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The city could move forward with financing plan for waterfront project at June 6 meeting

PMG SCREENSHOT: CITY COUNCIL AGENDA MATERIALS  - The taxing district proposed by consultants spreads from Highway 43 to the Historic Willamette District, sandwiched between the Willamette River and I-205, and juts up to include the River Falls Shopping area on Blankenship Road.After hearing from consultants who conducted a feasibility study for the creation of an urban renewal district in West Linn's waterfront area, the West Linn City Council is poised to do just that at its next business meeting June 6.

The city has discussed development of the waterfront area — the land situated along the Willamette River from Old City Hall to the historic Willamette area — for years and in 2021 officials moved forward with the feasibility study.

Urban renewal, also known as tax increment financing, is a funding tool local governments throughout Oregon use to finance large public development projects. The city currently does not have any urban renewal districts. Nearby communities Lake Oswego and Wilsonville have used urban renewal for their own redevelopment projects.

Representatives from Elaine Howard Consulting and Tiberius Solutions, which the city hired for the feasibility study, presented their findings at a West Linn City Council meeting Monday, May 16.

Though the city did not yet have exact details mapped out for the waterfront development , the urban renewal district could fund infrastructure necessary for development like road improvements, bike and pedestrian facilities, public utilities and park space.

Nick Popenuk of Tiberius Solutions explained that urban renewal does not raise the property tax rates for people living within the taxing district. It instead works by freezing the amount paid to taxing districts of the area at a certain point in time. This frozen amount becomes "the base" paid to those districts for 20-30 years depending on the duration of the urban renewal. If assessed values for properties in the district rise over time, those incremental increases in taxes go to the urban renewal program.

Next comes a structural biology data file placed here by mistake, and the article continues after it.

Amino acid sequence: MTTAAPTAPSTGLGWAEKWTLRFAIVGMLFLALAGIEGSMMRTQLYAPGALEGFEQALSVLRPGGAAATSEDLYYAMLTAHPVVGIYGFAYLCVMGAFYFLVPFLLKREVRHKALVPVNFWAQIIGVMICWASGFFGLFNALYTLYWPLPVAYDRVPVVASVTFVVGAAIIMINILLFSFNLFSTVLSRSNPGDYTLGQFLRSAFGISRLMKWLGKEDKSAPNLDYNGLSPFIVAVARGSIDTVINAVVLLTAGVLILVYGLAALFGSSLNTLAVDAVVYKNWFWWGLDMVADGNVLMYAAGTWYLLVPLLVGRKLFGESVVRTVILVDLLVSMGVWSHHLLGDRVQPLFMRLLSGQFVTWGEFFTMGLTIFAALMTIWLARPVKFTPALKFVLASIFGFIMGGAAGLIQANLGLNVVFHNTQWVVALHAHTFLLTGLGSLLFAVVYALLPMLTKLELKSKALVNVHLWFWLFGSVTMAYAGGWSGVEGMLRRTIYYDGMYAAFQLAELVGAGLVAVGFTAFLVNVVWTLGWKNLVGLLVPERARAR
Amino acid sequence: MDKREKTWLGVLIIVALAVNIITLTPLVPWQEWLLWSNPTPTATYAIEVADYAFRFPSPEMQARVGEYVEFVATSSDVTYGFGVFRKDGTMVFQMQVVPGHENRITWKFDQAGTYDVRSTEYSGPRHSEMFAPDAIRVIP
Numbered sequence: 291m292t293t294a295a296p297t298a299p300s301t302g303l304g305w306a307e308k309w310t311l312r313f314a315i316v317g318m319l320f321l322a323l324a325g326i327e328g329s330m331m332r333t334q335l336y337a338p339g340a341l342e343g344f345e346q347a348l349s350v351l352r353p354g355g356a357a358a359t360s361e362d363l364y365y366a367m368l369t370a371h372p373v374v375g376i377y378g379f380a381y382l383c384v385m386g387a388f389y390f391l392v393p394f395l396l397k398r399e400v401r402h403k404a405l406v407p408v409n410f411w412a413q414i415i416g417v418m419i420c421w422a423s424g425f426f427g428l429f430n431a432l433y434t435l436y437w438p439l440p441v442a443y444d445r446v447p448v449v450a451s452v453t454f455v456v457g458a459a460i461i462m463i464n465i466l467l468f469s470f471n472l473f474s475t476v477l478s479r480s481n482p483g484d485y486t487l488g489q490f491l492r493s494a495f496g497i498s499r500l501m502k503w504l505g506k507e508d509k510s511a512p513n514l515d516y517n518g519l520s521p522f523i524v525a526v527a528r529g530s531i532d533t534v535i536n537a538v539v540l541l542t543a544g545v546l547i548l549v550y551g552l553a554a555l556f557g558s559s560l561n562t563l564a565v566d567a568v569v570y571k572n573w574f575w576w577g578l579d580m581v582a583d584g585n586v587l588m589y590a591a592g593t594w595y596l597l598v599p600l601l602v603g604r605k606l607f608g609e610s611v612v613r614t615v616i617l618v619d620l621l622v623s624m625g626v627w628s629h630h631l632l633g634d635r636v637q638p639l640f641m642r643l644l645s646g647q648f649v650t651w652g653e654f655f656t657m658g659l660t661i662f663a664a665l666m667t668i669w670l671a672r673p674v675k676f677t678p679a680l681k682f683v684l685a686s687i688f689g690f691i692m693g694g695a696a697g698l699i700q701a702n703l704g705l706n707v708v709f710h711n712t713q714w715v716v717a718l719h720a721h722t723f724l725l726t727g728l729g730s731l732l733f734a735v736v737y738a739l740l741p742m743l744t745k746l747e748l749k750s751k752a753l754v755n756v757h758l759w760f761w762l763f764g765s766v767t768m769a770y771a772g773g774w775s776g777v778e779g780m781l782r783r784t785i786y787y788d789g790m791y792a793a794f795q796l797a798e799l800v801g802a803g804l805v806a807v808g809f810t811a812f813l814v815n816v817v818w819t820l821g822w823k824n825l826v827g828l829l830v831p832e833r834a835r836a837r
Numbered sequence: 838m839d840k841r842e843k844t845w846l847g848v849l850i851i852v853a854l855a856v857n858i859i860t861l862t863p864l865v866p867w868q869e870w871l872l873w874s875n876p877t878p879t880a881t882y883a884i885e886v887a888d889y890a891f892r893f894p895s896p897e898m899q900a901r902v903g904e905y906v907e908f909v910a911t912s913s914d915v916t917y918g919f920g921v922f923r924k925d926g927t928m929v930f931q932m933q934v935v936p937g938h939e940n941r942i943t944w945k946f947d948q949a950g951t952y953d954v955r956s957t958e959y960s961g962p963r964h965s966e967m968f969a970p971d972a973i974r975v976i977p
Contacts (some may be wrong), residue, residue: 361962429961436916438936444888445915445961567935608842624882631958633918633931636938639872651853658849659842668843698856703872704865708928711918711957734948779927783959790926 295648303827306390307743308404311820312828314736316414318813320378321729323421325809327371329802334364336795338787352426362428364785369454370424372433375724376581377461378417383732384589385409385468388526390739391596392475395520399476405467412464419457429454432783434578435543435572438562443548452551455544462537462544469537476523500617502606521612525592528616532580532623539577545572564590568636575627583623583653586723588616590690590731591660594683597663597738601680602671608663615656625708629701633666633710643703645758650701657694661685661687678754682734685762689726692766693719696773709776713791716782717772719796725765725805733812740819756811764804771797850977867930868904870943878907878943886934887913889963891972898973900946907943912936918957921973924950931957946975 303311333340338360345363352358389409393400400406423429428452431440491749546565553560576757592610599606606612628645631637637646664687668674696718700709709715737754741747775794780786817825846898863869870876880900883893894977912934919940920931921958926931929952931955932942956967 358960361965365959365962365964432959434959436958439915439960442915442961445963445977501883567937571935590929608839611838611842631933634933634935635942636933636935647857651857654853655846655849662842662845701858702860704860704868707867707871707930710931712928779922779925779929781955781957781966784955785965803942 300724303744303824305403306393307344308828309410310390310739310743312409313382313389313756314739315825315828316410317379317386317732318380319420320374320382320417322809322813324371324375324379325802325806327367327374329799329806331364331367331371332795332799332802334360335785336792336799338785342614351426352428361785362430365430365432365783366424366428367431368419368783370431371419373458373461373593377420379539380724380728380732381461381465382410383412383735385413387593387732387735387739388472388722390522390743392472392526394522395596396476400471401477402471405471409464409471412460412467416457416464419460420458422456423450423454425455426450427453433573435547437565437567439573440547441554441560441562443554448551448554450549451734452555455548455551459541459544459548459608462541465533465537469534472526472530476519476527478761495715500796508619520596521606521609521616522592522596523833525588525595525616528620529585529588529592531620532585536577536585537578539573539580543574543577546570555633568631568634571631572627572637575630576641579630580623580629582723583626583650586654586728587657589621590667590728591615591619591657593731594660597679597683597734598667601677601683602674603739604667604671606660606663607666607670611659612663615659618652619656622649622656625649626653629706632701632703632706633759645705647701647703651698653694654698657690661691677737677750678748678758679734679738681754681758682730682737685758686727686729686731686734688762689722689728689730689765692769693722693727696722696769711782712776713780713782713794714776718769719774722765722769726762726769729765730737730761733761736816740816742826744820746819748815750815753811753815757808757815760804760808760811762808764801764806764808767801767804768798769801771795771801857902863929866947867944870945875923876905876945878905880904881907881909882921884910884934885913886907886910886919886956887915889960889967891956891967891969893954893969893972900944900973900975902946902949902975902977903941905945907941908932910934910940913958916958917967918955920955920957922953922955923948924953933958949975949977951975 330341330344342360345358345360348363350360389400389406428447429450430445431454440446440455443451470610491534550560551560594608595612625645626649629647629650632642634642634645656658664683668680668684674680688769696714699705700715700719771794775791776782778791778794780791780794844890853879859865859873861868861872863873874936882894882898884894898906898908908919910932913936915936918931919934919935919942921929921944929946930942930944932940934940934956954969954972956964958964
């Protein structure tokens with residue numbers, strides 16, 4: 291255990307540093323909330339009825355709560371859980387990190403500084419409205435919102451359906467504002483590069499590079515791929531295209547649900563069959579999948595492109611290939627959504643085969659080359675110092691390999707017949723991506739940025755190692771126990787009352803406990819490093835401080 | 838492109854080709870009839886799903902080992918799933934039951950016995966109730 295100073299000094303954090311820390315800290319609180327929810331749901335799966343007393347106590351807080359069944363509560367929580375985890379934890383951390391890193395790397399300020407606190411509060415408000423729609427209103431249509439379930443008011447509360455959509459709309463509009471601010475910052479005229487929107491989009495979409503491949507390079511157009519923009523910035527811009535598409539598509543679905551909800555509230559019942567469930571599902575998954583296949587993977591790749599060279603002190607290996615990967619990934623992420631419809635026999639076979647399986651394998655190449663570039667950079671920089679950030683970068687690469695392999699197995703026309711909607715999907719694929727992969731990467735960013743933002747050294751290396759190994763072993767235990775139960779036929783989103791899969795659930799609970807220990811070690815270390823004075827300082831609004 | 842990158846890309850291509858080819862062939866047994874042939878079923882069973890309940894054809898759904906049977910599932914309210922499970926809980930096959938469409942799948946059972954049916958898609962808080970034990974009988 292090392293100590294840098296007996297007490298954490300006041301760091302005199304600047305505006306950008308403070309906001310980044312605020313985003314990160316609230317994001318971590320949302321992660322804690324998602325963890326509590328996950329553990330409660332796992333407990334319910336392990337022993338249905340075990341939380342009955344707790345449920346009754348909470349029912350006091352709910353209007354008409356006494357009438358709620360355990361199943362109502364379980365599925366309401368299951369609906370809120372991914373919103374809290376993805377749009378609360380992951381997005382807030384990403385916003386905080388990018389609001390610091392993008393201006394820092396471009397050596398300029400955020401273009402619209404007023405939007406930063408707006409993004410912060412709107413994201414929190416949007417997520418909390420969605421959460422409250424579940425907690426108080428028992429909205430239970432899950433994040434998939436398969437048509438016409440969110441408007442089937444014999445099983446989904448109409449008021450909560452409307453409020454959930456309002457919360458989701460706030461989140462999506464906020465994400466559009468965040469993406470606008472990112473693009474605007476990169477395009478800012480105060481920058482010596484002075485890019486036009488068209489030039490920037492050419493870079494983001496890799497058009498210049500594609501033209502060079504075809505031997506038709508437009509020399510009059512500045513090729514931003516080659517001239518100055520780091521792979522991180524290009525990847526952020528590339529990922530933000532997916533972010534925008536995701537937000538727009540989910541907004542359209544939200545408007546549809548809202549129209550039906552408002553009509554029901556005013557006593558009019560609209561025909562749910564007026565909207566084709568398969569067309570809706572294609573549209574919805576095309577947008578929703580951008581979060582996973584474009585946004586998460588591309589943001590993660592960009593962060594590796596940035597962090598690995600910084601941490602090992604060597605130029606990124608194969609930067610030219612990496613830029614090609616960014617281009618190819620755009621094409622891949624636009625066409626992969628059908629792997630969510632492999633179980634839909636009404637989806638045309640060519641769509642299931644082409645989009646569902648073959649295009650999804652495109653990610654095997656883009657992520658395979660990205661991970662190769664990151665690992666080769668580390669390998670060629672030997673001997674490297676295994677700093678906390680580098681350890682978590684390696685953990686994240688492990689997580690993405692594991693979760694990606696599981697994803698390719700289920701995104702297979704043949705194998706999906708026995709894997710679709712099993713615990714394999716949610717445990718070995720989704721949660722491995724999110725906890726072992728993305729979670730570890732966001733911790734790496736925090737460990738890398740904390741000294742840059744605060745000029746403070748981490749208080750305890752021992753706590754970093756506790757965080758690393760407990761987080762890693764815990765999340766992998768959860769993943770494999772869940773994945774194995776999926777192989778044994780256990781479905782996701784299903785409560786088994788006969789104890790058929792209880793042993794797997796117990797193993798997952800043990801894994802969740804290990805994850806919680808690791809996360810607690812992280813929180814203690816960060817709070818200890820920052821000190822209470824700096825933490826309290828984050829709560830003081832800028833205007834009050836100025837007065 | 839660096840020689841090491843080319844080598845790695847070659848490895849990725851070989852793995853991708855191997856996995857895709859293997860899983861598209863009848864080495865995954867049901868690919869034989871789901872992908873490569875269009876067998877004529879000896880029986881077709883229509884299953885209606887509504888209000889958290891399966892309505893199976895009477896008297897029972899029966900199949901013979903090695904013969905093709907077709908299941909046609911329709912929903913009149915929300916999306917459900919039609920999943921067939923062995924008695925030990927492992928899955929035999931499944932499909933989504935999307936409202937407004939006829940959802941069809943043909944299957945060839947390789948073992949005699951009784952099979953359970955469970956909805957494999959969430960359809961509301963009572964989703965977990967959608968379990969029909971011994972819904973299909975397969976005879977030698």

According to Popenuk, forecasts showed that such a district supported $41 million worth of projects in today's dollars. This figure accounts for interest and inflation.

The taxing district proposed by consultants spreads from Highway 43 to the Historic Willamette District, sandwiched between the Willamette River and I-205, and juts up to include the River Falls Shopping area on Blankenship Road.

Deputy City Manager John Williams told the council that the city could change this boundary.

Councilor Mary Baumgardner asked the consultants how to implement urban renewal while not gentrifying the area.

Elaine Howard explained that historically, gentrification has occurred with urban renewal projects, particularly in Portland, but that the area under consideration for West Linn is mostly unpopulated. Popunek added that an eminent domain law passed by Oregon voters in 2006 means that governments can't take privately owned property on behalf of other private parties. However, governments can still condemn private property for public use.

Because urban renewal impacts revenues for other taxing districts in the area like the county, Metro and Tualatin Valley Fire & Rescue, Williams said that the city would begin working with the affected agencies immediately if the council decided to move forward with urban renewal. He added that most of the agencies are already familiar with the urban renewal process.

PMG SCREENSHOT: CITY COUNCIL AGENDA MATERIALS - Projections from Tiberius Solutions show the tax base freezing at $2 million in 2025 and the area generating nearly $10 million after a 30-year period. According to Popenuk, other taxing districts are often open to forgoing revenue to the district for the duration of the urban renewal project because of the increase in the tax base expected once the urban renewal process sunsets. The public investments in the area lead to higher property values and, over time, a larger revenue for the taxing districts.

The projections from Tiberius Solutions show the tax base freezing at $2 million in 2025 and the area generating nearly $10 million after a 30-year period.

Williams explained that if council adopts the ordinance in June, the city would begin conversations with the community and other taxing districts about the district boundary and potential projects.

Local business organizations Historic Willamette Main Street and the West Linn Chamber of Commerce wrote to the council to voice support for their creation of the TIF District.

"With approval, this program will offer West Linn businesses vital opportunities to cultivate and thrive," Chamber of Commerce Executive Director Shatrine Krake wrote. "This area will become a connecting point, linking all of West Linn together, creating an even greater synergy throughout our community and small businesses."


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